? Until your baby is at least 7 months, don’t puree your own beets, turnips, carrots, spinach, or collard greens because they may have large amounts of nitrates, which can cause anemia in young infants. (Commercial baby-food varieties are fine — they’re tested to be nitrate-free.) And if you use well water, get it tested for nitrates.
? Until your child is 1, avoid honey — it can contain spores that may produce life-threatening infant botulism.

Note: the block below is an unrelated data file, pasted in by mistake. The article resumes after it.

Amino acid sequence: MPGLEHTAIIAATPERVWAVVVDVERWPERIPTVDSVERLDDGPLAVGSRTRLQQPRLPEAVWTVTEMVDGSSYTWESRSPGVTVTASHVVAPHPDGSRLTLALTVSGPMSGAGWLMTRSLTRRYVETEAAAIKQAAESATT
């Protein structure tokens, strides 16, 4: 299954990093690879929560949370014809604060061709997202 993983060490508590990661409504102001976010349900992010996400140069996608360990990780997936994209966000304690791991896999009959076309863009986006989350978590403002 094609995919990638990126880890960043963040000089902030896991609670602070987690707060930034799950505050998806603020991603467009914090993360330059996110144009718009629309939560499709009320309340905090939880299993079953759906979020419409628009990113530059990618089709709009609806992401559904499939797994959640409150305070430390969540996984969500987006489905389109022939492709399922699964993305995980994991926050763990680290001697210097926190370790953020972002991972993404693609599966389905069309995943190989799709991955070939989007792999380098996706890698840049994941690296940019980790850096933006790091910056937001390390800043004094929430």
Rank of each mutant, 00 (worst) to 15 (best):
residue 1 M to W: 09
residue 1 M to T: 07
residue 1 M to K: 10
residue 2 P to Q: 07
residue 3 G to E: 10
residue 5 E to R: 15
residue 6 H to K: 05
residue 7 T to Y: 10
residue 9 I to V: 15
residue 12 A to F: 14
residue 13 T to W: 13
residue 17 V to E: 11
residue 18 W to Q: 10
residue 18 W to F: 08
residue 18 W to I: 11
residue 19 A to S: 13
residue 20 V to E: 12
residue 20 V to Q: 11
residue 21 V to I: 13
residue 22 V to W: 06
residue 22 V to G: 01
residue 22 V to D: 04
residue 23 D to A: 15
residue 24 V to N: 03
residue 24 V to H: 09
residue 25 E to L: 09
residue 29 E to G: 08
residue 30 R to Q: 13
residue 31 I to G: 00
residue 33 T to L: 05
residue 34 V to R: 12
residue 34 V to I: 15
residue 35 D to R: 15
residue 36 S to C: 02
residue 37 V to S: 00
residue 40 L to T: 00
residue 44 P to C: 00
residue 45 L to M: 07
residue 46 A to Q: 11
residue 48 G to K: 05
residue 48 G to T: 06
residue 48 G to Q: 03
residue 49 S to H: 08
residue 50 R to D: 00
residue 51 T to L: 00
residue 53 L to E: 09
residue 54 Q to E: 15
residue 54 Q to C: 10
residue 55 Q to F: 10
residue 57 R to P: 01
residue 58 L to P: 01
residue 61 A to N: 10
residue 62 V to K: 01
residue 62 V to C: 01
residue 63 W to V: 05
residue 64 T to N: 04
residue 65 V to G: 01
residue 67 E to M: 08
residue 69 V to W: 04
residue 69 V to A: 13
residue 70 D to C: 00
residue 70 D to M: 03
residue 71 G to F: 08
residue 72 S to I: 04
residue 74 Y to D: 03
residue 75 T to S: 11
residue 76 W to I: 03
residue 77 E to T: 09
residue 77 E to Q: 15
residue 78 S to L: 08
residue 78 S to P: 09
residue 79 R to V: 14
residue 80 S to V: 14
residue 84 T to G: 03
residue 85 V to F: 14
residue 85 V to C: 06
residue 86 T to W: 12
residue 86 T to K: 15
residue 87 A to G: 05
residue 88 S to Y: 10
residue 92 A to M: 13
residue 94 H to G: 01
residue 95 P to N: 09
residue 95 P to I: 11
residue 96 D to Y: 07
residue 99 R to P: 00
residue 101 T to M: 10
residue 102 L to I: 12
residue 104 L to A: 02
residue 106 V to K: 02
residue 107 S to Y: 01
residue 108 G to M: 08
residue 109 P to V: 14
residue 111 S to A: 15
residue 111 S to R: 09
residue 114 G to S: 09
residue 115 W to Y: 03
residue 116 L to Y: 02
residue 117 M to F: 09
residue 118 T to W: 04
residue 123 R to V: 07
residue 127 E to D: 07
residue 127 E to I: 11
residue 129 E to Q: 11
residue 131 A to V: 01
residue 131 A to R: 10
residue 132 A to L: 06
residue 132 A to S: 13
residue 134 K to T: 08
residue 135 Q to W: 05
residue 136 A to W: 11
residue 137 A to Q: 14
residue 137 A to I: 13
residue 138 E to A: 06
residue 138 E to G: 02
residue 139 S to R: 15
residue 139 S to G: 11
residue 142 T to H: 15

? Until your child is 4, don’t feed him these foods, which are choking hazards:
- Nuts and seeds
- Raw vegetables
- Hard or sticky candy
- Chewing gum
- Whole grapes, cherries
- Chunky peanut butter (instead, use the smooth kind, spread very thinly over crackers or bread)
? After your child is 1, cut up firm, round foods (grapes, cooked carrots, hot dogs, chunks of cheese or meat) into very small pieces — about a quarter inch — before serving.
? At any age, if your child experiences rashes, vomiting, bloating, gas, or diarrhea after a new food, stop giving it to him and talk to your doctor. He may have an allergy or food intolerance.